Every President (except Cory and Noynoy) from Marcos to Ramos, to Arroyo, and now Duterte, when about to end their term, tries to tamper with the Constitution. We excluded Erap because he was ousted before he could even finish his term of office. Various reasons to change the charter are presented, from changing the form of government to economic provisions such as the one now pushed in Congress.
Keen political observers usually suspect that the true motive is to keep themselves in power beyond their term limits. For purposes of giving them the benefit of the doubt, let us take up, for the sake of intelligent discussion, the proposal to grant 100% ownership of lands and strategic businesses to foreigners.
We are not lacking in local examples to show the senselessness of this proposal. Nong Doro (not his real name) owns a lot in Cortes surrounded by neighbors. Here comes a rich Chinese businessman who bought all the surrounding lots one by one at a good price. All of Nong Doro’s poor neighbors were of course tempted to sell. Nong Doro did not want to sell his lot because it is the only legacy that his late father bequeathed to him and his own family. But what choices are left for him?
This happened also to many farmers in Mindanao. Many of them did not want to sell their small land holdings to corporations that went on a buying spree to put up plantations. But small farmers who found their little portions in the middle of the plantations are forced to sell out. If all they had was that small portion, they could end up as squatters elsewhere. We are even talking about fellow Filipinos here.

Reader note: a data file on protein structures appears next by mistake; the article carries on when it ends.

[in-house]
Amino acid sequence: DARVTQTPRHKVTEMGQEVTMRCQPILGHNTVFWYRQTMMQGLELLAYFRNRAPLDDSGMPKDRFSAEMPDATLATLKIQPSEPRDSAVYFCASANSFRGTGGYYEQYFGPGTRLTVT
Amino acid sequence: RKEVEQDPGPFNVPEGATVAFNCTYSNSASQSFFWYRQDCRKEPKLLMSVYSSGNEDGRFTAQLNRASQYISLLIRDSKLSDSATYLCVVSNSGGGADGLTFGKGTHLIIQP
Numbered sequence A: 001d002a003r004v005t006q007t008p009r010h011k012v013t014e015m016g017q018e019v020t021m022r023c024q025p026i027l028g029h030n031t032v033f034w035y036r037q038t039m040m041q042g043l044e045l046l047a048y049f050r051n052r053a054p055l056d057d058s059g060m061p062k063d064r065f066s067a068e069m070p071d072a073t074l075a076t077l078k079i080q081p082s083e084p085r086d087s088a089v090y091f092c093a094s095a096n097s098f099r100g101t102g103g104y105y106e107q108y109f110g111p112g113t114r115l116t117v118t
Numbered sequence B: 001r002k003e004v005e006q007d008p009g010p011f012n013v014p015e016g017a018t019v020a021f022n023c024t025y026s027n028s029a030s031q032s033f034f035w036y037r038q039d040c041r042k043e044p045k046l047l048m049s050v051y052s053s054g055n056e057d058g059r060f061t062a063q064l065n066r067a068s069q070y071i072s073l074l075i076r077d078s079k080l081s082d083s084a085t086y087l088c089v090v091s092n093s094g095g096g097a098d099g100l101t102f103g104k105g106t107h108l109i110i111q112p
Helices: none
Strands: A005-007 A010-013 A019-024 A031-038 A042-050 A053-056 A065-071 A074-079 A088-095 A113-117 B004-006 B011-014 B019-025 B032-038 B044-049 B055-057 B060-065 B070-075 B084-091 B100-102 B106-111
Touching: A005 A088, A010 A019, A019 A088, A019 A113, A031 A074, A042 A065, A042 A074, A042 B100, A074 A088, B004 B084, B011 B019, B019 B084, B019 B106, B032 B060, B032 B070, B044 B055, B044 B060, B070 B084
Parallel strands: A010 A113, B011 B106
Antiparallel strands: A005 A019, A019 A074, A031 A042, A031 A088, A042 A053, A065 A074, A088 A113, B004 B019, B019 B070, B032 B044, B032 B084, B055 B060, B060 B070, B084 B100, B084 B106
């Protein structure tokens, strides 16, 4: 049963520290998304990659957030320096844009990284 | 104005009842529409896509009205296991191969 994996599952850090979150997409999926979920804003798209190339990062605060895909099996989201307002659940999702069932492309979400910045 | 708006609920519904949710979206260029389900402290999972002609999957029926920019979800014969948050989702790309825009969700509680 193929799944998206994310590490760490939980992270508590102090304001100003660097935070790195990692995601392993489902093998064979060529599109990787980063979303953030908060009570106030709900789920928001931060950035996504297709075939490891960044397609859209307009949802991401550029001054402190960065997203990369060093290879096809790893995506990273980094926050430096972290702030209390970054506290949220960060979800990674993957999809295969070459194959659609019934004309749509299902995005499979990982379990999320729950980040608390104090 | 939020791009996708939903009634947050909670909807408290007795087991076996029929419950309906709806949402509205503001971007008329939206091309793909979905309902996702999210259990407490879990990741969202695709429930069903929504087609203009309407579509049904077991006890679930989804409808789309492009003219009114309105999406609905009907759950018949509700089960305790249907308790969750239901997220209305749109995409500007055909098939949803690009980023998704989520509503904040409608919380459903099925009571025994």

What if foreigners, billionaires and millionaires from China, USA, Europe, Japan, Australia and other countries are given 100% rights, just as Filipinos have, to own properties and businesses here? How many of us, especially the poor, could end up as squatters in our own country?
This was the reason why the late LinoBrocka walked out of the Constitutional Commission in 1987. He, along with other nationalist progressive members of the ConCom, wanted to keep the 100% ownership exclusively for Filipinos. Conservative ConCom members who were heavily influenced by multinational corporations were able to muster a majority and successfully reduced the 100% rights of Filipinos to 60%. That was even considered conservative already at that time.
But today, our leaders in Congress and in Malacanang Palace want to instead give the 100% to foreigners? What is happening here? Our leaders no longer care for millions of their constituents who are like Nong Doro? They no longer care about the poor farmers who could lose even their subsistence farm lots?
Is Carlos P. Garcia’s Filipino First Policy now completely erased from the consciousness of our leaders and people? This is the saddest refrain to a year of pandemic. For those of us, however few, who remain loyal to CPG’s ideals, we vehemently say, NO TO CHA-CHA!